Shark Predation

Two mom and pup pairs wary of nearby Galapagos shark.
Two mom and pup pairs wary of nearby Galapagos shark.
Nursing pup with healing shark bite.
Nursing pup with healing shark bite.

At French Frigate Shoals (FFS), located in the Northwestern Hawaiian Islands (NWHI), pup survival has been lower than any other NWHI location for more than a decade. The primary cause of mortality of nursing and recently weaned pups at FFS has been attributed to Galapagos shark (Carcharhinus galapagensis) predation in nearshore waters. It is estimated that up to 30% of all pups at FFS are lost annually to shark predation. Galapagos sharks are found throughout the Hawaiian Archipelago, yet shark predation on young seal pups at other subpopulations is exceedingly rare. It is hypothesized that a relatively small group of sharks are involved in this source of monk seal mortality, penetrating the shallow, nearshore waters where young pups reside.

Historically, the small islands within the atoll of FFS were home to the largest subpopulation of Hawaiian monk seals. This population actually increased from the early 1960s through the late 1980s. However, from 1989-2010, the population decreased by over 75%, largely driven by high juvenile mortality. The demographic structure of the FFS population is now skewed, with relatively few reproductive age individuals leading to concerns that this subpopulation is likely to further collapse.

Beginning in the late 1990s dedicated effort was directed to characterize and mitigate shark predation. Intensive observation (direct and via a remote camera system) of both Galapagos shark and monk seal mother and pup behavior led to the identification of high shark use areas, frequency and time of day of shark activity, and identification of individual sharks likely responsible for seal mortality. In addition, Carl Meyer, PhD. from the Hawaii Institute of Marine Biology (HIMB) tagged Galapagos sharks for a more detailed analysis of their movement behavior.

Mitigation efforts which began in 1997 include translocation of weaned pups from areas with high Galapagos shark predation risk to relatively safer islets within FFS and have been ongoing. Nursing pups are at the greatest risk of shark predation, but cannot be moved until they wean as they need to stay with their mothers to nurse. Thus, while translocation of weaned pups to low shark use areas within FFS may alleviate predation pressure, alternative methods of protection from shark predation are required to protect nursing pups.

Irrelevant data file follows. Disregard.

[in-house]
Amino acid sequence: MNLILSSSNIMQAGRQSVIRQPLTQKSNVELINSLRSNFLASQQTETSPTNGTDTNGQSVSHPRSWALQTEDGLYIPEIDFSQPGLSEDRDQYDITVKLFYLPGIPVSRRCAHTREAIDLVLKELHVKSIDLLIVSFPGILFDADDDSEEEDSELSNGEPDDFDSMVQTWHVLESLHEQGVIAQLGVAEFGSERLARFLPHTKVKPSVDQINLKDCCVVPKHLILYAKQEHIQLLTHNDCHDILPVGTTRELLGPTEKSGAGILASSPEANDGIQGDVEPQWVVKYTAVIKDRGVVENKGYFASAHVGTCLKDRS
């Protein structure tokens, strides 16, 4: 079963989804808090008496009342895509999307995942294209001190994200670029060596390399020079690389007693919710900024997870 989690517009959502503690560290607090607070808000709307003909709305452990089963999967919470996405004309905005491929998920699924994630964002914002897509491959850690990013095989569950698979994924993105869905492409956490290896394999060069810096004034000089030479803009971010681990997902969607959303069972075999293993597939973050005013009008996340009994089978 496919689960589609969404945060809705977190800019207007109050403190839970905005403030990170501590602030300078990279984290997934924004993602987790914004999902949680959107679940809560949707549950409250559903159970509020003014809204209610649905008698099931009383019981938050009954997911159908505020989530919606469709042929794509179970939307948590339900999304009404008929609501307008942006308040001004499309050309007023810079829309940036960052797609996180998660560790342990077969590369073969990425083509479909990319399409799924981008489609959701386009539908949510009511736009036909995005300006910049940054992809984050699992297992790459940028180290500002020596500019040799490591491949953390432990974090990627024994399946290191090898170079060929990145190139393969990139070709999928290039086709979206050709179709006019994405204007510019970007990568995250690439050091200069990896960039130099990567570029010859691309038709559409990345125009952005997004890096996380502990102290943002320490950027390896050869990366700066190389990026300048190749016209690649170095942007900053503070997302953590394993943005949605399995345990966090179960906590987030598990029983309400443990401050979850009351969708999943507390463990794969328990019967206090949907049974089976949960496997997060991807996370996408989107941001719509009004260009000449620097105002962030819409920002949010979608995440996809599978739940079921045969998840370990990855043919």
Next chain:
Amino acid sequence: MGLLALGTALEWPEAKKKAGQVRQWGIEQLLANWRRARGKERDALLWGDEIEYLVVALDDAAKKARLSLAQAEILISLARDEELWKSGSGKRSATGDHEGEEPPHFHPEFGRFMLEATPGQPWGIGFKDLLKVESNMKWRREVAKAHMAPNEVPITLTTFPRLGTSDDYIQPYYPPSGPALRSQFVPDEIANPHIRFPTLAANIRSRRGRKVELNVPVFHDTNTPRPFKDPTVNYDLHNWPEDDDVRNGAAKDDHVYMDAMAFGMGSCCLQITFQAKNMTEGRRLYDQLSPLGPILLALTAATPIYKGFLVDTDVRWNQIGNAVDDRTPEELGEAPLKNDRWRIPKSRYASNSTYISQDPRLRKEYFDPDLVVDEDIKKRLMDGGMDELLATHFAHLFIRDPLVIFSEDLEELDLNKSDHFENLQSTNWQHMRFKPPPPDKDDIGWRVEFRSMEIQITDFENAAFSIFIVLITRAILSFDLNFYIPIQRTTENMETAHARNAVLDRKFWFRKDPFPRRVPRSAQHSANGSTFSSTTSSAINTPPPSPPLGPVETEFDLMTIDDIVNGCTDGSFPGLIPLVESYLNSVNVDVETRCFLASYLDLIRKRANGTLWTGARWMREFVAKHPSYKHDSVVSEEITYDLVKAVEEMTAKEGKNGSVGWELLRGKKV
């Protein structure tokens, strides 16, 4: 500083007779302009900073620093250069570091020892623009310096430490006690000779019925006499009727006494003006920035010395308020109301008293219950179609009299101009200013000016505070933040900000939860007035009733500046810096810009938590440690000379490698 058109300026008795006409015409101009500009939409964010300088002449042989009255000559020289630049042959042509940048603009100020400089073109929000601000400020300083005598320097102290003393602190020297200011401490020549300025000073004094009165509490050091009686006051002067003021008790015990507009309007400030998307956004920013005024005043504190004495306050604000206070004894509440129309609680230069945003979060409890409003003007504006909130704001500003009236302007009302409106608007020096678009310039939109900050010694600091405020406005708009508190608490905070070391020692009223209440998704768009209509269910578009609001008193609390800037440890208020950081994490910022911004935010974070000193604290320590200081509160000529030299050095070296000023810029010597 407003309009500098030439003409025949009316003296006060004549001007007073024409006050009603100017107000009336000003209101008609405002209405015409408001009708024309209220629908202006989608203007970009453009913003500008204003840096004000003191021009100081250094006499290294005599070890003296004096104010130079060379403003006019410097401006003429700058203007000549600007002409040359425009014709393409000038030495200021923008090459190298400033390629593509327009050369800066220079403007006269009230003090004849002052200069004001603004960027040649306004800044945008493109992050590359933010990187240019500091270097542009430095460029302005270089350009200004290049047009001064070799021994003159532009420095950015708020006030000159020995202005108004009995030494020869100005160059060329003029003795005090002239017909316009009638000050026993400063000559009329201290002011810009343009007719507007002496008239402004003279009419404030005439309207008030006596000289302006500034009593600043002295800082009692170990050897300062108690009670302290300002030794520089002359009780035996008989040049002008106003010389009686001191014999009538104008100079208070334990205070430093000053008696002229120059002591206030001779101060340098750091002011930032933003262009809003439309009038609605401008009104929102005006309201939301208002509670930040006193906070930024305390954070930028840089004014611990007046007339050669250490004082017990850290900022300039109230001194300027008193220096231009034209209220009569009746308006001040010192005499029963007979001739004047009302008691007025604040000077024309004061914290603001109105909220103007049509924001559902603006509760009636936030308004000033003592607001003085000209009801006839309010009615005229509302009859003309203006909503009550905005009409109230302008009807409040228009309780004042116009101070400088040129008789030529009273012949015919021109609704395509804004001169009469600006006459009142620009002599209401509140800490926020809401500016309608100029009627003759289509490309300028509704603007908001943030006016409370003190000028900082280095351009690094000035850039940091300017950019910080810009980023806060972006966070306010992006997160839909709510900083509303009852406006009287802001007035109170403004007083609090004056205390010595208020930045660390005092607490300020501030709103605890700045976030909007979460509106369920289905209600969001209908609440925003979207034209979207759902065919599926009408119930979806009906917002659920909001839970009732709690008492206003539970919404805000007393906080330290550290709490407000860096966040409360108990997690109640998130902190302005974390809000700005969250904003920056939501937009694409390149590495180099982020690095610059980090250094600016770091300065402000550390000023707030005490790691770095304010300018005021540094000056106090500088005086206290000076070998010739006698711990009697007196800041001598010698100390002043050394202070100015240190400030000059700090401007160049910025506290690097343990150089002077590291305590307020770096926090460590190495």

In 2008 and 2009, visual deterrents and electromagnetic and auditory instruments were deployed to deter shark predation. While such non-lethal deterrents are preferable to shark removal, their effectiveness was inconclusive; however other deterrents may be tested as they become available.

Lethal removal of a limited number of Galapagos sharks from the FFS atoll has the potential to alleviate this source of seal mortality. The Galapagos shark is a top predator at this atoll and the removal of a limited number of sharks is not decided upon without intensive evaluation. The removal of a select, limited number of sharks known to prey on endangered Hawaiian monk seal pups, also a valuable part of the system, will likely maintain the overall biodiversity of the atoll.

Further Reading:

Dale JJ, Meyer CG, Clark CE
2011. The ecology of coral reef top predators in the Papahānaumokuākea Marine National Monument. Journal of Marine Biology. 2011:1-14. DOI: 10.1155/2011/725602
Dale JJ, Stankus AM, Burns MS, Meyer CG
2011. The Shark Assemblage at French Frigate Shoals Atoll, Hawaiʻi: Species Composition, Abundance and Habitat Use. PLoS ONE 6(2): e16962. DOI: 10.1371/journal.pone.0016962
Gobush KS
2010. Shark Predation on Hawaiian Monk Seals: Workshop II and Post-Workshop Developments, November 5-6, 2008. U. S. Dep. Commer., NOAA Tech. Memo. NMFS-PIFSC-21
Gobush KS, Farry SC
2012. Non-lethal efforts to deter shark predation of Hawaiian monk seal pups. Aquatic Conservation: Marine and Freshwater Ecosystems. Early View. DOI: 10.1002/aqc.2272
Harting AL
2010. Shark Predation on Hawaiian Monk Seals Workshop Honolulu, Hawaii January 8-9, 2008. National Oceanic Atmospheric Agency Administrative Report H-10-02C 36 p.
Lowe CG, Wetherbee BM, Meyer CG
2006. Using acoustic telemetry monitoring techniques to quantify movement patterns and site fidelity of sharks and giant trevally around French Frigate Shoals and Midway Atoll. Atoll Res Bull 543:281–303.
Meyer CG, Papastamatiou YP, Holland KN
2010. A multiple instrument approach to quantifying the movement patterns and habitat use of Tiger (Galeocerdo cuvier) and Galapagos sharks (Carcharhinus galapagensis) at French Frigate Shoals, Hawaii. Marine Biology. 157:1857–1868. DOI: 10.1007/s00227-010-1457-x